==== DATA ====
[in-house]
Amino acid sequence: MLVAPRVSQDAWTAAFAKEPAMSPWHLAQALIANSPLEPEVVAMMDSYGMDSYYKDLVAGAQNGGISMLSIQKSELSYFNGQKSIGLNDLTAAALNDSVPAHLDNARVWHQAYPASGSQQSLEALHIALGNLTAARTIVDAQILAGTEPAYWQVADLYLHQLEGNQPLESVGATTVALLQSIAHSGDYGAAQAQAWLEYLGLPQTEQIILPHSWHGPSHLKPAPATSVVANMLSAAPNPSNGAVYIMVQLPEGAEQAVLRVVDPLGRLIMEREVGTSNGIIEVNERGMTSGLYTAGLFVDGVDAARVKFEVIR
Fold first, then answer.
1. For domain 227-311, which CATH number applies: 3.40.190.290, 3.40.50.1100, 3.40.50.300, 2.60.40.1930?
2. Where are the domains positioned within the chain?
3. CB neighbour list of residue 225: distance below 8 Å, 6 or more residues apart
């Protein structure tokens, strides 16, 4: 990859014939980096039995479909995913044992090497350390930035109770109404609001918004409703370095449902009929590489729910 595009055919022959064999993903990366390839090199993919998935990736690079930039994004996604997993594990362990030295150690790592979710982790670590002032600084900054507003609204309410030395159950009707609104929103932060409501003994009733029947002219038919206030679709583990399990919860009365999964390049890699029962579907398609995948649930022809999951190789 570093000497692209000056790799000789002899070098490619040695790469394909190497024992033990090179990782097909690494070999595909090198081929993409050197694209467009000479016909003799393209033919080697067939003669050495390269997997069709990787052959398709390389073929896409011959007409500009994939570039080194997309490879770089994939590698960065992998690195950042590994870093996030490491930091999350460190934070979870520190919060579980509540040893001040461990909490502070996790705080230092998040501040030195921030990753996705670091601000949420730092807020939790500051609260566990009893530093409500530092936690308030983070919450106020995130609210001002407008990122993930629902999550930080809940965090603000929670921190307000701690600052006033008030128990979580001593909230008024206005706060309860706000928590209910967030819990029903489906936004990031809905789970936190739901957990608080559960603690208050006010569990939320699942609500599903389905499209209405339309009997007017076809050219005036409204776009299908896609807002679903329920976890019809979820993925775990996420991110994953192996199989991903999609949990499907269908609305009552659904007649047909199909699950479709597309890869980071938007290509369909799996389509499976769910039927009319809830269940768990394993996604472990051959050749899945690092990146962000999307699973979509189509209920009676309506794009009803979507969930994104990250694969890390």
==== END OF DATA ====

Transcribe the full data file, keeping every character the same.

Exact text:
[in-house]
Amino acid sequence: MLVAPRVSQDAWTAAFAKEPAMSPWHLAQALIANSPLEPEVVAMMDSYGMDSYYKDLVAGAQNGGISMLSIQKSELSYFNGQKSIGLNDLTAAALNDSVPAHLDNARVWHQAYPASGSQQSLEALHIALGNLTAARTIVDAQILAGTEPAYWQVADLYLHQLEGNQPLESVGATTVALLQSIAHSGDYGAAQAQAWLEYLGLPQTEQIILPHSWHGPSHLKPAPATSVVANMLSAAPNPSNGAVYIMVQLPEGAEQAVLRVVDPLGRLIMEREVGTSNGIIEVNERGMTSGLYTAGLFVDGVDAARVKFEVIR
Fold first, then answer.
1. For domain 227-311, which CATH number applies: 3.40.190.290, 3.40.50.1100, 3.40.50.300, 2.60.40.1930?
2. Where are the domains positioned within the chain?
3. CB neighbour list of residue 225: distance below 8 Å, 6 or more residues apart
């Protein structure tokens, strides 16, 4: 990859014939980096039995479909995913044992090497350390930035109770109404609001918004409703370095449902009929590489729910 595009055919022959064999993903990366390839090199993919998935990736690079930039994004996604997993594990362990030295150690790592979710982790670590002032600084900054507003609204309410030395159950009707609104929103932060409501003994009733029947002219038919206030679709583990399990919860009365999964390049890699029962579907398609995948649930022809999951190789 570093000497692209000056790799000789002899070098490619040695790469394909190497024992033990090179990782097909690494070999595909090198081929993409050197694209467009000479016909003799393209033919080697067939003669050495390269997997069709990787052959398709390389073929896409011959007409500009994939570039080194997309490879770089994939590698960065992998690195950042590994870093996030490491930091999350460190934070979870520190919060579980509540040893001040461990909490502070996790705080230092998040501040030195921030990753996705670091601000949420730092807020939790500051609260566990009893530093409500530092936690308030983070919450106020995130609210001002407008990122993930629902999550930080809940965090603000929670921190307000701690600052006033008030128990979580001593909230008024206005706060309860706000928590209910967030819990029903489906936004990031809905789970936190739901957990608080559960603690208050006010569990939320699942609500599903389905499209209405339309009997007017076809050219005036409204776009299908896609807002679903329920976890019809979820993925775990996420991110994953192996199989991903999609949990499907269908609305009552659904007649047909199909699950479709597309890869980071938007290509369909799996389509499976769910039927009319809830269940768990394993996604472990051959050749899945690092990146962000999307699973979509189509209920009676309506794009009803979507969930994104990250694969890390």